Reviewed by Kimberly Christensen
Song for a Whale by Lynne Kelly
Middle Grade Fiction
Sometimes a book just stops you in your tracks and demands that you sit with it, pushing aside as many demands of “real life” as you can in order to lose yourself in the book’s world. Song for a Whale is such a work, a middle grade book that is strongly and beautifully evocative of the longing for connection that all people–and perhaps all whales–feel, especially during those tender middle years when we are uncertain of who we are and so yearning to be seen by someone else.
Twelve-year-old Iris is like most kids her age–caught in the middle of those awkward years when kids struggle to distinguish themselves from their family and yet desperately want to feel understood by their family members too. Iris happens to be profoundly deaf, and while able to lip read, is most comfortable signing, like her grandparents and her friend Wendell. Her mom and brother sign proficiently, but her father doesn’t, which leads to Iris feeling both misunderstood and unimportant.
Exacerbating this feeling is the fact that Iris is the only deaf kid at her school and relies heavily on an interpreter in order to manage at school, which makes it difficult for Iris to make friends that she can just be herself with. By comparison, Wendell attends a school for the deaf where he is immersed in deaf culture. Despite objections from her mother, Iris becomes interested in changing schools, even though she is simultaneously worried about making such a big shift.
Iris has taught herself to repair radios, and frequents the local junkyards and antique stores, looking for things to fix. Even as she restores the ability to produce sound to these machines, she herself does not seek to be able to hear. She experiences sound’s vibrations, but prefers to communicate through American sign language, with the nuance and poetry that hand motion brings to language. She and her grandfather, who passed away recently, played a poetry game using hand motions, and it was Iris’ favorite way of expressing herself.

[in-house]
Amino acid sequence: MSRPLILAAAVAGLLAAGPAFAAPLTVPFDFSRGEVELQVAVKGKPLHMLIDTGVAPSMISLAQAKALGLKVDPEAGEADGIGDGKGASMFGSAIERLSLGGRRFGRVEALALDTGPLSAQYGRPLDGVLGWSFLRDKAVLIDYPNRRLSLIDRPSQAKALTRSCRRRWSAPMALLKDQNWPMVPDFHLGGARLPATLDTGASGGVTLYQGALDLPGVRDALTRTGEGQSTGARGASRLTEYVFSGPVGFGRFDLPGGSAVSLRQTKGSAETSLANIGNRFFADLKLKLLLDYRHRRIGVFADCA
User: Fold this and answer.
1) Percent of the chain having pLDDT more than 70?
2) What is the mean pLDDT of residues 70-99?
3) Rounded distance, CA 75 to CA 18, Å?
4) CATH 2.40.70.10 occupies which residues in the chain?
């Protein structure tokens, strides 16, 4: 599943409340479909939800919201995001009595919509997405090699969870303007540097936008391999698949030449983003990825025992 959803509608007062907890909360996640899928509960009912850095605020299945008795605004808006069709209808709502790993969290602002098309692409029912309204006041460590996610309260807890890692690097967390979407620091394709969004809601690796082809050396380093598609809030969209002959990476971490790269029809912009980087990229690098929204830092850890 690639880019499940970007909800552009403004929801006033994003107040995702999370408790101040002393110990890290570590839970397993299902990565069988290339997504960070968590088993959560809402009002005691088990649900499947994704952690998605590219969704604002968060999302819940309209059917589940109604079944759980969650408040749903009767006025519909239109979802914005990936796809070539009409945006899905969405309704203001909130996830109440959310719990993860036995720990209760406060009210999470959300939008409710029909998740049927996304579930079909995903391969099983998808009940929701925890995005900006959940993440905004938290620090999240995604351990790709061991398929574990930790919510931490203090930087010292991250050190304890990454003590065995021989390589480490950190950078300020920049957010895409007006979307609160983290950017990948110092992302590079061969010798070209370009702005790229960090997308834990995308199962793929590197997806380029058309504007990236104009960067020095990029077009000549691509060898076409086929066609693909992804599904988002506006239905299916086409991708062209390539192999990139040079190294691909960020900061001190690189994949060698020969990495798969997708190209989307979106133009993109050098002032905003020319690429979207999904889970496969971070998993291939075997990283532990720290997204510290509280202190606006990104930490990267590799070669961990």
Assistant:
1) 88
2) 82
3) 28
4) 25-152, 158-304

In science class, Iris learns about “The Loneliest Whale in the World”–a whale that’s a hybrid of a blue whale and a fin whale, and who is named Blue 55. Blue 55 communicates at a different frequency than other whales. He’s being studied by scientists to determine why he uses the range that he does, and to learn more about his relationship–or lack thereof–with the pods that frequent the same places he does, but that don’t seem interested in having him as a member.
Iris is completely fascinated with Blue 55 and his plight. She knows exactly what it feels like to not havie the other whales understand your song. With the help of the school band, she creates a song for Blue 55 in his frequency, sending it to the lead researcher who is studying him. When she learns that the researchers plan to play it for him, Iris is compelled to try to join their expedition. But that will require traveling from Houston, where she lives, to Alaska, where Blue 55 is expected to migrate to in the summer.
After meeting with a solid “no” from her mother, Iris becomes more determined to travel to Alaska. She finds an ally in her grandmother, who is still reeling from her husband’s death and is looking for a purpose now that she is on her own. She books the two of them on a cruise to Alaska, understanding that Iris’ angst has as much to do with her ill-fitting middle school and her own sense of disconnection as it does with finding Blue 55. The two of them sneak off on a grand adventure, in which Iris learns as much about herself as she does about whales and conservation, and in which both Iris and Blue 55 find the connection they seek.
I cried my way through the last few chapters and recommend that you stop everything and read this lovely and poignant coming-of-age story. Five of five stars, plus a box of tissues.